Figure 3.6: The concept cognitive modelling is in focus, and shown at Term Expansion level 1, 2 and 5 (as indicated by the Term Expansion radio buttons on the top of the visualisation). As the expansion level increases, the number of visible related concepts is also shown.
Sheen, K. A., & Luximon, Y. (2017). Student perceptions on future components of electronic textbook design. Journal of Computers in Education, 4(4), 371-393.
Scaffolded, Scrutable Open Learner Model (SOLM) as a Foundation for Personalised e-Textbooks
Scaffolded, Scrutable Open Learner
Model (SOLM) as a Foundation for
Judy Kay and Bob Kummerfeld
Human Centred technology
edTrello Slack ...
Evidence from student
e-text as one source of evidence about learner
Case Study: Top level of HILDA model
– Knowledge components for Human-in-the-loop Data Analytics (HILDA)
– Big picture and HILDA links
– Ethics, privacy, anonymisation, provenance, security and access control
– Problem formulation and stakeholder analysis
– Data: Raw and Inferred, cleaned and transformed data
– Model building
– Interfaces and tools for exploration and interpretation
– Interfaces for reporting and decision making
– Managing data and models, literate programming, collaborative HILDA
– Group work
– Self-regulated learning and meta-cognition
What might the learner model look like?
• Am I meeting my personal goals?
• Am I meeting the teacher’s goals for a bare pass?
• And for a high grade?
• How do I compare with other students in my class? (needs other students’ data)
• What is the trend in my performance this semester?
• What is the priority for me to do next?
Overview example from C course MOOC
Black = “Known”
White = “Unknown”
Cook, R., Kay, J., & Kummerfeld,B. (2015).
MOOClm: user modelling for MOOCs. In
International Conferenceon User Modeling,
Adaptation, and Personalization (pp. 80-91).
Student progress against teacher’s ideal
model for Week 4
Compared with things the teacher
expects students to know by Week 4:
Black = Alice meets targets
Green = Alice is ahead
Yellow = Alice is behind
White = Alice has not mastered this.
Teacher did not expect students to
know it at Week 4 either.
Forms of evidence
Map learning objectives to:
Learning Objects used: Components of the
course designed to teach eg lectures,
Assessments: Testing achievement in
learning objectives eg. self-test MCQ,
summative quiz, auto-graded assignment …
Data from these provide evidence of learning
Description of model component
Student can see exactly what activity
was recorded for them - playing video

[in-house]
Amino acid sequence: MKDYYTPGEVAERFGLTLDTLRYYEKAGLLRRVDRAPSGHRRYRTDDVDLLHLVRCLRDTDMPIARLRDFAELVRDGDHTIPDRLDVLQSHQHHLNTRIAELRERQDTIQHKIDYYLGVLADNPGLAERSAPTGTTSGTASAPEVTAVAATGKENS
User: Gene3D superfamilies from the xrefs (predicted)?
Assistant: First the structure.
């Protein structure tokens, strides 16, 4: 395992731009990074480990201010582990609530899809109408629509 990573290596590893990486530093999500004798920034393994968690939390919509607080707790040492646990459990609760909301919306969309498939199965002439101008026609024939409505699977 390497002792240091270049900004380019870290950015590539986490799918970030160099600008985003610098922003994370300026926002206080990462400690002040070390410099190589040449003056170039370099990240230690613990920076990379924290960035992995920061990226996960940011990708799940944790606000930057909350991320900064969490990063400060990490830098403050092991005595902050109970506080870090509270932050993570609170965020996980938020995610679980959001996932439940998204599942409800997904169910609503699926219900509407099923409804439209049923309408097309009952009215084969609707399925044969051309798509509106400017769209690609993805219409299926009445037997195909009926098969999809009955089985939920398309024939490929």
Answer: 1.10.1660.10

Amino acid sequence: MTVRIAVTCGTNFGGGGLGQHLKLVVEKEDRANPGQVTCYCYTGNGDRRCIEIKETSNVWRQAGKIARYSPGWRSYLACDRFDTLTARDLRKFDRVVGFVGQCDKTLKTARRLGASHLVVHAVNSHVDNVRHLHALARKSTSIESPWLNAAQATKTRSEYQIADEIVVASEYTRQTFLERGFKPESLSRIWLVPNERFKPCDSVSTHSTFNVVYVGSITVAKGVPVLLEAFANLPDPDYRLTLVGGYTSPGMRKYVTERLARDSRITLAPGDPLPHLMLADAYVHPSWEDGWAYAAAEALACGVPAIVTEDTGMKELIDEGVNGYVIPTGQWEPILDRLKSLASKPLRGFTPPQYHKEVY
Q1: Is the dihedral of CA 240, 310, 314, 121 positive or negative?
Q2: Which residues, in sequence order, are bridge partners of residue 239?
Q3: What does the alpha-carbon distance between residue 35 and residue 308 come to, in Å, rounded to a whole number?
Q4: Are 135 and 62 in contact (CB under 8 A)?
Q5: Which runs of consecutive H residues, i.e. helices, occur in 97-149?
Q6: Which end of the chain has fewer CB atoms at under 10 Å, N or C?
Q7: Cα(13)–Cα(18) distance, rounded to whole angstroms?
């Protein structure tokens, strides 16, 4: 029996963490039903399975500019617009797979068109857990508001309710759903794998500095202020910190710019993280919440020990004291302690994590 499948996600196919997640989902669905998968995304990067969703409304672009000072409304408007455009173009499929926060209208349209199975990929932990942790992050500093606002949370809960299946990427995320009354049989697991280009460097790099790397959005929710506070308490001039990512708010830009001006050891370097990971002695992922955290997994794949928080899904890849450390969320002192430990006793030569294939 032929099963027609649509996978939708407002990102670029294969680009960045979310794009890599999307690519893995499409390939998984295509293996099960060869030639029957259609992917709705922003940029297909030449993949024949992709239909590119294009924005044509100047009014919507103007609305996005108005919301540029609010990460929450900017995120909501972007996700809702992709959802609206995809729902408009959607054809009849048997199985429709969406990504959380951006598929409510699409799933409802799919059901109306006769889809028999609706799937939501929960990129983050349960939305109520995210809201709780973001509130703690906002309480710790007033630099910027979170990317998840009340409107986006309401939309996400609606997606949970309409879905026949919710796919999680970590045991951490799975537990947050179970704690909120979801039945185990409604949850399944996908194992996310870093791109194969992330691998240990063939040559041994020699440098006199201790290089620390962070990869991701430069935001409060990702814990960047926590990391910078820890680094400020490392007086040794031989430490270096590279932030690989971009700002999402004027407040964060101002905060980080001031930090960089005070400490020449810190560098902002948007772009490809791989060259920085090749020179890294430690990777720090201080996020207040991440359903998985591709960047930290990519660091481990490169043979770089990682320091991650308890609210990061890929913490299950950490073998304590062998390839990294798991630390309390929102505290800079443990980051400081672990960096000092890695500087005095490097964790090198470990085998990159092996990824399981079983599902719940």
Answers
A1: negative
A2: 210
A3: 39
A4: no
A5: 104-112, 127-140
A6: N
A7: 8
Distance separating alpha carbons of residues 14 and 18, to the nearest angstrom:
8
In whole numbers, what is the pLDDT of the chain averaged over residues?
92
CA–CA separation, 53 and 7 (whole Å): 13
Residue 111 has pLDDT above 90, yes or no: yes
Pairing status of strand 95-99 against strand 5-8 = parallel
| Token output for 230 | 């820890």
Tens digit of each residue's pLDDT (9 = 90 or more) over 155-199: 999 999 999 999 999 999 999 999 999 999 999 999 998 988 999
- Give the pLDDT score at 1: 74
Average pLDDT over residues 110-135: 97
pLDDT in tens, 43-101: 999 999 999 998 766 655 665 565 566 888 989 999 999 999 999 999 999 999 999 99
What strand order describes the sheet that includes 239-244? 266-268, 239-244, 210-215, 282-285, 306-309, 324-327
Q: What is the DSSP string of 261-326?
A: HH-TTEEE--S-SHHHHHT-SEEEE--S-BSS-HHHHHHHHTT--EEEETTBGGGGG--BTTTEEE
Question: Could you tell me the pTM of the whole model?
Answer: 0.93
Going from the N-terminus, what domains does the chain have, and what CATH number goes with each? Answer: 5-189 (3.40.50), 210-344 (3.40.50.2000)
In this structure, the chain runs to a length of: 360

indicates “familiarity” level of knowledge
Student can make manual corrections.
eg. Tell Model this item is KNOWN
Also links to the relevant videos & exercises
… to support learning!
Image included with the permission of the author from the following paper:
Guerra-Hollstein, J., Barria-Pineda, J., Schunn, C.D., Bull, S., Brusilovsky, P.: Fine-grained open learner models:
complexity versus support. In: Proceedings of the 25th Conference on User Modeling, Adaptation and Personalization.
pp. 41–49. ACM (2017)
Scaffolding for the student
Overview and details on demand for learning progress monitoring
Selection of standards for comparison
Allowing the student to add their own evidence
What scaffolding do teachers need?
• Defining the learner model
• Linking the learner model to the available evidence
• Providing standards for the pl
Why Runestone – wishlist of e-textbook
• Bibliographic data management
• Good support for co-authorship, versioning
• Supports embedded code that can be run
• Self-test exercises
• All the affordances of paper textbooks
• Single place with all materials and searchable for content with links to external content
• See progress: mark as mastered for text only, completed with tests
• Mark up for self: highlight, bookmarks, add notes
• Communication: annotate problematic parts, connect with other students who are reading current material
• Supports tagging on content with Knowledge Components and level
• Learning analytics data can be customised
• Independent OLM that gives learner ownership of their own data
• Integrates data from e-book and other learning data
• Scaffolding the student
• Scaffolding the teacher
• Standards for self-monitoring
Presented at the First Workshop on Intelligent Textbooks (Chicago, IL, US; June 25, 2019)